A Thrapston court judge once said that “Ringstead has had more bad luck and tragedy than any other village or town when it comes to self-inflicted death”. This story about Harry William James Cope reflects that view.
Harry’s Early Life
James Cope and Jane Hillson were married in 1862 in Ringstead and had several children, including Harry William James who was born late 1877. Tragically Jane died aged 35 years, in 1881 very soon after the birth of their daughter Ruby.
In 1881 James was an Army Shoe Maker and by 1891, his son Harry, aged 13 years, was working as a boot closer, and by 1901 was also a shoemaker.
In 1886, James subsequently married a second time to Hannah Austin.
Marriage and a Family
In early 1909, Harry married Lucy Bird and they moved to their new home in London End Cottage, Ringstead. Their family began with Reginald who was born in 1909 (but who probably died sometime after the 1911 Census), followed by Harold in 1910 and Ronald in 1911. Lily, their daughter, was born in 1916.
In 1917 the couple resided across the road in a cottage from London end road cul-de-sac. The cottage is still there now but has been added too over the years. It’s thought that the cottage when first built was a beer house.
Lucy suddenly became ill towards the end of 1917 and quickly died after suffering a terrible fever. Harry was left a widower with three children.
Harry was working for the Regulation Boot Company in Raunds and would have been well aware of the terrible conflicts in World War I.
The Military Service Act in 1916 had enabled the British Government to begin conscription for single men aged 18 to 41 years old. Exemptions were allowed and so a system of Military Service Tribunals was established to adjudicate claims on the grounds of civilian work of national importance, domestic hardship, health and conscientious objection.
Later in 1916, because of the need for more men, married men were included on the list for the first time. So until then Harry would have had no concerns about conscription and would have been satisfied to have been working in an industry that supported the armed forces.
However, from the autumn of 1916, Harry would have been eligible for conscription but to his no doubt relief, he wasn’t immediately called up.
It is possible that Harry received his call up papers the following year, around the time that his wife died and so understandably did not immediately lodge a claim for exemption. When his claim was finally received by the tribunal at its meeting on 14th February, 1918 the military representative ruled it out of order as a late appeal. The Tribunal however asked that Harry should be graded, to see if he qualified for exemption.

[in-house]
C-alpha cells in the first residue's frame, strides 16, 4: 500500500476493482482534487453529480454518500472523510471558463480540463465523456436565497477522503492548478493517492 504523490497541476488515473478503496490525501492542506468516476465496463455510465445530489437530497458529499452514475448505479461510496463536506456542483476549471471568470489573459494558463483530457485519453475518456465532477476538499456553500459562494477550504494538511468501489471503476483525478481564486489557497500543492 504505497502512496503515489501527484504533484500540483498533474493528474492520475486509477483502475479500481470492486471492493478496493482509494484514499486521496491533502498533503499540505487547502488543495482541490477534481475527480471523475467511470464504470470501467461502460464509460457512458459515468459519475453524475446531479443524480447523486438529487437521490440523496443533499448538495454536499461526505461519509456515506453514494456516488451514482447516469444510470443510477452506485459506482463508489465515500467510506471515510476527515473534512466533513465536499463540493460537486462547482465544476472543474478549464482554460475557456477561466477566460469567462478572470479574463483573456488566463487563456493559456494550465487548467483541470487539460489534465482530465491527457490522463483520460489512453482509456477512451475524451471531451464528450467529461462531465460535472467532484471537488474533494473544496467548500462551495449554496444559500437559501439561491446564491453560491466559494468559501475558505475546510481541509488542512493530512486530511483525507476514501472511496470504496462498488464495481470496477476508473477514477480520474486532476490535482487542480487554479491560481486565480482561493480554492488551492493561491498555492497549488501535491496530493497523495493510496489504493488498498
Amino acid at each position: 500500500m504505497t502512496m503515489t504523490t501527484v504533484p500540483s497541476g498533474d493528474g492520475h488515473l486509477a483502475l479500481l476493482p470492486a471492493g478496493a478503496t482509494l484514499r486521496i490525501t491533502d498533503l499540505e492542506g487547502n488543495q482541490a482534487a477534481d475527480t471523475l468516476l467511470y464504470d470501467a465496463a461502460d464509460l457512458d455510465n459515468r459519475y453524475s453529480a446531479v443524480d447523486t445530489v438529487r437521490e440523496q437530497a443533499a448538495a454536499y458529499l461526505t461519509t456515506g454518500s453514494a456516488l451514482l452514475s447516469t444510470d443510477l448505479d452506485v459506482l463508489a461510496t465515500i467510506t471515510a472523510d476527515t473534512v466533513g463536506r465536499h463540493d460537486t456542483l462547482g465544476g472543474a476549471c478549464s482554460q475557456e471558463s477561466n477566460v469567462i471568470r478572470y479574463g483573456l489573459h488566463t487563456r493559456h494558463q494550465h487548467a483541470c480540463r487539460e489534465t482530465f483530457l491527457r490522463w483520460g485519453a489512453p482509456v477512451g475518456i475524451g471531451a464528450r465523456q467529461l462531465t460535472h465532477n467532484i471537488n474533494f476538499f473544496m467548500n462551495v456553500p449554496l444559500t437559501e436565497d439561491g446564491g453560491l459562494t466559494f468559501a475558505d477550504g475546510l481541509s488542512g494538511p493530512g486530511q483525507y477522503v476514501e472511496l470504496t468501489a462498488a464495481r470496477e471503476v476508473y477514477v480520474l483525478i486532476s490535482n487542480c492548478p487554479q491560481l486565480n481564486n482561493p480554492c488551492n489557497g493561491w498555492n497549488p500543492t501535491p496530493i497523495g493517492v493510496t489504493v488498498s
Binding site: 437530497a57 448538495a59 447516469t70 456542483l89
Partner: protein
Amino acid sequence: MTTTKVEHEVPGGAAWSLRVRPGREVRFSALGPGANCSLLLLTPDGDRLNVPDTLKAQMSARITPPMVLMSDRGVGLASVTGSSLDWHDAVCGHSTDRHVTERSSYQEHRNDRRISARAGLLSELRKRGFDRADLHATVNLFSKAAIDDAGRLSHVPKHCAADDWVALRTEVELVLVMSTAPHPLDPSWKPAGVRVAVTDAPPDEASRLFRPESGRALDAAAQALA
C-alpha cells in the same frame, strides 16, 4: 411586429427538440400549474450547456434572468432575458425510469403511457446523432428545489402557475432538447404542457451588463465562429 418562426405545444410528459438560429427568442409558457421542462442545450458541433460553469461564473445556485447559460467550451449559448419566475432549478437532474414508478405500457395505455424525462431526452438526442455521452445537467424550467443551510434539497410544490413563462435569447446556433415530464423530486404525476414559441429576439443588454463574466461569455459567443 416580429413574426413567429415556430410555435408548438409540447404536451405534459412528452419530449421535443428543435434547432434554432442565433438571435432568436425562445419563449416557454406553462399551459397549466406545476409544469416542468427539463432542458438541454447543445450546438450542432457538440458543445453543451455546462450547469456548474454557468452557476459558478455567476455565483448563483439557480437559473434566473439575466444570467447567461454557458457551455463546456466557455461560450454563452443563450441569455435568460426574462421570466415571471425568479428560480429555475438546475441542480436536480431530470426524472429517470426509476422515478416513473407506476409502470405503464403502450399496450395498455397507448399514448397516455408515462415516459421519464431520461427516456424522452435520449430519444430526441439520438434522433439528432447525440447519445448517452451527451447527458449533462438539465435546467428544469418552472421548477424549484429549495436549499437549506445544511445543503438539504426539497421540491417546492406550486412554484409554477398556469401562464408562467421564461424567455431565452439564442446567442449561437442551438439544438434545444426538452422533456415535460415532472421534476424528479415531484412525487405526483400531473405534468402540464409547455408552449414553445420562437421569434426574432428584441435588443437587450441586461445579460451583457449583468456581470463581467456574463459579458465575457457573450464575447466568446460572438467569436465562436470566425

Harry would have left that Tribunal very worried. It would have seemed to him that he could be called up and the welfare of his three children would be at risk.
Four days later, on 18th February 1918, after days of anguish about what would happen to him and his family he finally snapped and he murdered his two sons by cutting their throats whilst in bed and then committed suicide himself. The dreadful scene was discovered by a friend (Harry Adams) who managed to break in after looking through a small gap in a window.
At work that day it was on his mind that much and after his usual dinner break at his sister’s house in Raunds he biked back early to the house. He must have prepared himself mentally for the task he was about to commit later that day.
He himself picked the boys up from Ringstead school, prepared dinner and soon after dinner he sent the boys to bed.
According to a witness at 9.30 Harry went to a friend’s house get a bucket of water from their well and returned home. The witness noted he was in his good cheerful self.
Harry had bolted both doors and locked the shutters so no one would enter.
On the following day a fellow shoe maker Harry Adams on walking by the cottage noticed something was very odd with all the shutters closed down and then immediately went over and looked through a small gap in one shutter and began shouting Harry’s name. He knew something wasn’t right and broke in, he found Harry on the side of the bed next to both the 6 and 8 year old boys.
There was evidence that the elder boy gave a struggle with his father as there were many cuts to his face before the final stroke of the blade.
His daughter, 2 year old daughter Lily, was being looked after by Mrs Judd, a friend of the family. She ended up going to the children’s home in Raunds.
The funerals were held the following week and the streets from Back Lane to the chapel were lined by crowds of people waiting for the hearse cart to go by so they could pay their respects. Many had come from Thrapston, Raunds and the Addingtons.
As the procession drove by with hearse and cart hundreds of flowers were thrown on to the coffins in the hearse.
What Harry would not have known was that a month earlier the County Tribunals had agreed that the boot trade of the county had sent more than their quota of men and so had recommended that the appeals of men over 35 years in the boot trade should be adjourned. More importantly, the Act had also made provision for widowers with children to be exempt too.
This was a very sad outcome due in part to poor communication and a lack of urgency on the part of the Tribunal.
Notes: I tracked down Lily Cope (her named changed to Mayes) where she went to live with a family in Birmingham and she died in 1992 a single woman living on her own.
She would have not known a single thing about her father or her brothers.
There are two living relations to Harry, one is Ringstead man Alan Mayes at Spencer Street, Ringstead, and a lady in Stanwick, who is the granddaughter to Harry’s sister, Maggie Cope. Both of them give me their blessing on writing this.
In summing up on why Harry killed his boys, it’s often known when a person is in a worried mental state he may take his loved ones with him, as this has happened in many cases before.